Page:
YOU ARE WELCOME TO VISIT OUR OTHER WEB SITES
Prabal Pramanik's Academy of Arts
Bhamlada, Punjab -145 022, India
Mobile : 09417735631/09417170998
ISBN No. 978-93-81200-03-2
|The influence of natural environment on
the artists of Pahari Schools of art
When the migrant
artists came and settled in the hill kingdoms they must have been pleased by the beauty of
Nature, through rarely the subject matter in their works, plays as a stylized backdrop and
flora and fauna of hills often took their miniature shapes in a decorative way within the
Plum blossoms were often painted with great delicacy. Kangra valley has lots of mango
trees and plantains are also grown in this altitude. So we find these in Kangra paintings
High hills or mountains serve as backdrop only and the view generally is from the valley.
Pahari painting showing the view from the high altitude in the mountain to the valley will
be rare indeed if not nonexistent.
The towns of Kangra and Chamba nestled in the valleys and still do so. So it was quite
normal for the artists to have taken this view point.
Depiction of nature is often symbolic and the symbolic aspect has been based of classical
We can cite the example of the mango tree and the madhavi creeper.
Madhavi creeper is often shown being supported by the mango tree.
This simbolizes the relation between man and women. The woman like the flowering creeper
is seeking the support of the man, symbolized by sturdy mango tree.
This allegory is found in some romantic miniature paintings. Lotus, is a flower often seen
in the compositions and some other flowers too are found in the art works. Lotus is a
spiritual symbol as well as a romantic one.
The artists in the olden times seemed to be quite selective when choosing a flower, a
plant or a tree to be introduced in the painting in Pahari schools of art.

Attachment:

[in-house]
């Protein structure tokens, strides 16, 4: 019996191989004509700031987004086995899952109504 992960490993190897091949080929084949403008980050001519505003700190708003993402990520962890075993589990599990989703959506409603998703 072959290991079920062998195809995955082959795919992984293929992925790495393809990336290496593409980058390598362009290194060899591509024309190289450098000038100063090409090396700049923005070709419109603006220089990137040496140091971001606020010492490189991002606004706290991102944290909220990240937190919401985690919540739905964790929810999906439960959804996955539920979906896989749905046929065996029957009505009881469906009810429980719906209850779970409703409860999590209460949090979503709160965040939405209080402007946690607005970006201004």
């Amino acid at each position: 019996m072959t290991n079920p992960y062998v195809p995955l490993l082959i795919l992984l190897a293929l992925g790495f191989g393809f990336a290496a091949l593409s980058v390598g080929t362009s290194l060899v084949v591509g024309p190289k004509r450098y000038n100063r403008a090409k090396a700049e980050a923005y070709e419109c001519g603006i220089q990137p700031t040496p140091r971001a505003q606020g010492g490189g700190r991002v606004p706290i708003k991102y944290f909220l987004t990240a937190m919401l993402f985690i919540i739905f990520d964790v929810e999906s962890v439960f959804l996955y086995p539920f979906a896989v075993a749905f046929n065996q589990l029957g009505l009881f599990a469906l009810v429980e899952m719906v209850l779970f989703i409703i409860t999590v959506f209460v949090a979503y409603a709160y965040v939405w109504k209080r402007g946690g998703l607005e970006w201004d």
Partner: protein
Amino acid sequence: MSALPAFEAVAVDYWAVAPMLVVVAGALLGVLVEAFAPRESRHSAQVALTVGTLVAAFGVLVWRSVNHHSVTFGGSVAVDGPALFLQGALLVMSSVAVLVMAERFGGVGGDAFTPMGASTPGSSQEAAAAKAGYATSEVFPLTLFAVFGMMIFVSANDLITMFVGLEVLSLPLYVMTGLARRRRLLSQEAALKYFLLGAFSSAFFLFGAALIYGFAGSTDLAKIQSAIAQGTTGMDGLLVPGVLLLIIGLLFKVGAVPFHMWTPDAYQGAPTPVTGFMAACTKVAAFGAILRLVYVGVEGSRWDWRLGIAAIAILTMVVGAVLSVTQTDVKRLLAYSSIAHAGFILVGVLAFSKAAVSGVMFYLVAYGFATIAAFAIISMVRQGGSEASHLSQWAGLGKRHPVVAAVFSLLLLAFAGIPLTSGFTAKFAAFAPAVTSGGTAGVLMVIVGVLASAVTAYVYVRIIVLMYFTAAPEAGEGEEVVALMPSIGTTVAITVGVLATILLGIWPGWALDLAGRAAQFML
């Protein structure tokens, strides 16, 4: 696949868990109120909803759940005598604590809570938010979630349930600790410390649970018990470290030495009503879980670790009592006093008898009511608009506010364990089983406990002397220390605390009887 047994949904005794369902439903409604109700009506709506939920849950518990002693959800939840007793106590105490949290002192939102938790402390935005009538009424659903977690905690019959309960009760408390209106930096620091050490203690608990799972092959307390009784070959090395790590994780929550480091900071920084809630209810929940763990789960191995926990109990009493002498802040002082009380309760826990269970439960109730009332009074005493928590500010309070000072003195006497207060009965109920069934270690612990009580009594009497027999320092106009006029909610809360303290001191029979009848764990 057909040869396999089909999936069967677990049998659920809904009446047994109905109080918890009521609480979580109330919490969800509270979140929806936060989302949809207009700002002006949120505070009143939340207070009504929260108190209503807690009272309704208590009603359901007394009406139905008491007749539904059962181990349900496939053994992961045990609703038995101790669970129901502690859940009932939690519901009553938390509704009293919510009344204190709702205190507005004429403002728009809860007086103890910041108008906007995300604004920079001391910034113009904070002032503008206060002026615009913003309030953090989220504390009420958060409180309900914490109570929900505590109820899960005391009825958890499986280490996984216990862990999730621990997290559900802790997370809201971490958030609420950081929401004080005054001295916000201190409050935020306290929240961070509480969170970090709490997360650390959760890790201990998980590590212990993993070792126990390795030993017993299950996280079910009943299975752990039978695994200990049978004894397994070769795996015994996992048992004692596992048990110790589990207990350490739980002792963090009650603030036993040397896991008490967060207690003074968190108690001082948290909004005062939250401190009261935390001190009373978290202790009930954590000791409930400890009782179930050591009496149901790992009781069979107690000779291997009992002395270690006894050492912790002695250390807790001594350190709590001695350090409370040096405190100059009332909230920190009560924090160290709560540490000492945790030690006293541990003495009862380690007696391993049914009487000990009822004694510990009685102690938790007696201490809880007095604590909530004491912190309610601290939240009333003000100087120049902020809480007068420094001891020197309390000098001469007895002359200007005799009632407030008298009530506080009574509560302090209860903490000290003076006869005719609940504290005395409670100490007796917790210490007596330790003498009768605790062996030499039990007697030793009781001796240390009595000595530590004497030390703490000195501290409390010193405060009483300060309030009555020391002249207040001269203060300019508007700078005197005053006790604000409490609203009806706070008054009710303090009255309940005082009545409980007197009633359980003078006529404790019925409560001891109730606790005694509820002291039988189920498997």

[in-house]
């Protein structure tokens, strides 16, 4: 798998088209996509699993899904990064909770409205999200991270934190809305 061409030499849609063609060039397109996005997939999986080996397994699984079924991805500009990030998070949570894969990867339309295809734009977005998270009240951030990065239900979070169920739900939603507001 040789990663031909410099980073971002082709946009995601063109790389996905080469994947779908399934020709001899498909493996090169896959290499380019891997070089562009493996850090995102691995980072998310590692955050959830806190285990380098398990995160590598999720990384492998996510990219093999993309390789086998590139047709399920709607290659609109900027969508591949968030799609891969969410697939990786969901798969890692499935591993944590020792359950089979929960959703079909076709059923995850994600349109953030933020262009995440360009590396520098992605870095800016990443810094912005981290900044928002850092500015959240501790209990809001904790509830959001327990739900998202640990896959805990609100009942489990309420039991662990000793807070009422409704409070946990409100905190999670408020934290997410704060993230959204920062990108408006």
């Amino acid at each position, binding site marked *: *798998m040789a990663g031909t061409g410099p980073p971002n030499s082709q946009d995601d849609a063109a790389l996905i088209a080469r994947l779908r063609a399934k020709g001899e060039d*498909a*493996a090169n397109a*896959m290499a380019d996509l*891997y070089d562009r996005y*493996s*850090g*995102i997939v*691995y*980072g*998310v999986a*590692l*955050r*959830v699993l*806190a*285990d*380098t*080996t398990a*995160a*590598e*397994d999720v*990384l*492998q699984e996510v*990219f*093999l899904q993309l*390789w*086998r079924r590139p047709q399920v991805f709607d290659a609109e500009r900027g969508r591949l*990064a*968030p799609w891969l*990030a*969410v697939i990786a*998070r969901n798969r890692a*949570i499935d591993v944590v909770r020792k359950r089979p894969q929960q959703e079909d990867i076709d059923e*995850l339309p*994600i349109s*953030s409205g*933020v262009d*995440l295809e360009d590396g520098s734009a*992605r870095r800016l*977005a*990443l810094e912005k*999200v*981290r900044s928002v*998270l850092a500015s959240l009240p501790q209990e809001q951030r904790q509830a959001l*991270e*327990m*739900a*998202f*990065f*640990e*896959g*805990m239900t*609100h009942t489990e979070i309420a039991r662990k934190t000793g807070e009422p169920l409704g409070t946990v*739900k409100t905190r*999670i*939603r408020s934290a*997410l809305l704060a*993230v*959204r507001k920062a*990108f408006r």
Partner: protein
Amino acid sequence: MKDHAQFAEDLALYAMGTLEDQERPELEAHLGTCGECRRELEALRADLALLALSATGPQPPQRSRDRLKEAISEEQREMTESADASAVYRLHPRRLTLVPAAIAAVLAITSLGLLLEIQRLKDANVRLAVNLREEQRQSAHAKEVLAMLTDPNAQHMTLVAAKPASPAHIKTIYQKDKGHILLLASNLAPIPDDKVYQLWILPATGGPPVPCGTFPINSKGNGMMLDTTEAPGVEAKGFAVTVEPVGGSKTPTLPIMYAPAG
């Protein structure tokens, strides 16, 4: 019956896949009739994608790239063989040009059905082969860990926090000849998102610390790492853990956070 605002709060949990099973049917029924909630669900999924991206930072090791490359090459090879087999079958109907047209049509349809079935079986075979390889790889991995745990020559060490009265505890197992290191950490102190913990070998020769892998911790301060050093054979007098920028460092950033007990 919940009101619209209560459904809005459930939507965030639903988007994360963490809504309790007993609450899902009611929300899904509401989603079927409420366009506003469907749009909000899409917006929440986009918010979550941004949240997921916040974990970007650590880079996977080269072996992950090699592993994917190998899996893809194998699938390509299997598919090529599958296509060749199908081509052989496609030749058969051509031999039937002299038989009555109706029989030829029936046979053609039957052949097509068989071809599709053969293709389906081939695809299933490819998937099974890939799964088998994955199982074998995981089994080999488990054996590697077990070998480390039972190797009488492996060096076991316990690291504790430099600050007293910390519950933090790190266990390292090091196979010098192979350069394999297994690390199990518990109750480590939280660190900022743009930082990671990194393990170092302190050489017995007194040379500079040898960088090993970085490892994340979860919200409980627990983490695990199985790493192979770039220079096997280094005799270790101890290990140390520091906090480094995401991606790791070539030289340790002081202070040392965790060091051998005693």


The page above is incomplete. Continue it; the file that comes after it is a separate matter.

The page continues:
The landscape painter who paints for the beauty of the landscape is not so selective, and
paints whatever tree, bush or flower that grows in natural manner in the area he is
Since the pictorial compositions of Pahari schools of art were not landscape paintings,
this sweeping view of nature for the sake of nature itself is nonexistent here.
The depiction of animals is also interesting. Generally, the animals had been painted when
the subject matter of the artwork was connected with that particular animal.
In such instances, the animals depicted are a part of the story told in the miniature
painting. Domesticated animals like cows, calves, horses, elephants and dogs have been
painted with great care when the subject matter of the art work required those animals to
be included in the composition.
Sometimes it seems that the chieftains wanted to have their favourite horses to be
portrayed and in such instances the animal was the main subject.
Amongst the wild animals, antilopes, monkeys, tigers, snakes etc. have been painted in
animated fashion. Sometimes other animals too have been painted according to the need of
the subject matter.
In Mughal art, "shikar" or hunt was more frequently shown. The hunting scenes
naturally include several wild animals as well as the horses or elephants carrying some of
I found that, nature, with plants and animals would be depicted in the compositions when
it was necessary to do so for the sake of the subject matter, and this depiction often
involved direct or indirect allegories in North Indian miniature paintings.
Since the delivery of the message was very important through story telling and
personification in Pahari schools of paintings, the theme was very clearly and pointedly
presented in these paintings. Even when the message was spiritual, the metaphysical aspect
was personified and given a figurative form to deliver the message.
Such personification fitted in easily with the classical Hindu philosophy. Moreover, this
sort of presentation was easily understood by the patrons and admirers of these paintings
when they were produced by the artists in the olden days.
Nature with suitable flora and fauna was modified and rerepresented to support this story
telling method, often in a symbolic way that appealed to the people who were oriented with
that symbolic interpretation.
Nayaka, or the Nayika the main subjective figurers of the paintings were of central
attention and other figures and nature even serve to support and elaborate the moods or
the Bhava of Nayaka or Nayika.
This way of reflecting human moods through nature is unique and gives Pahari paintings a
special place in the history of Indian art.
Prabal Pramanik ©
(from the published book
"My views on Pahari paintings")
ISBN No. 978-93-81200-03-2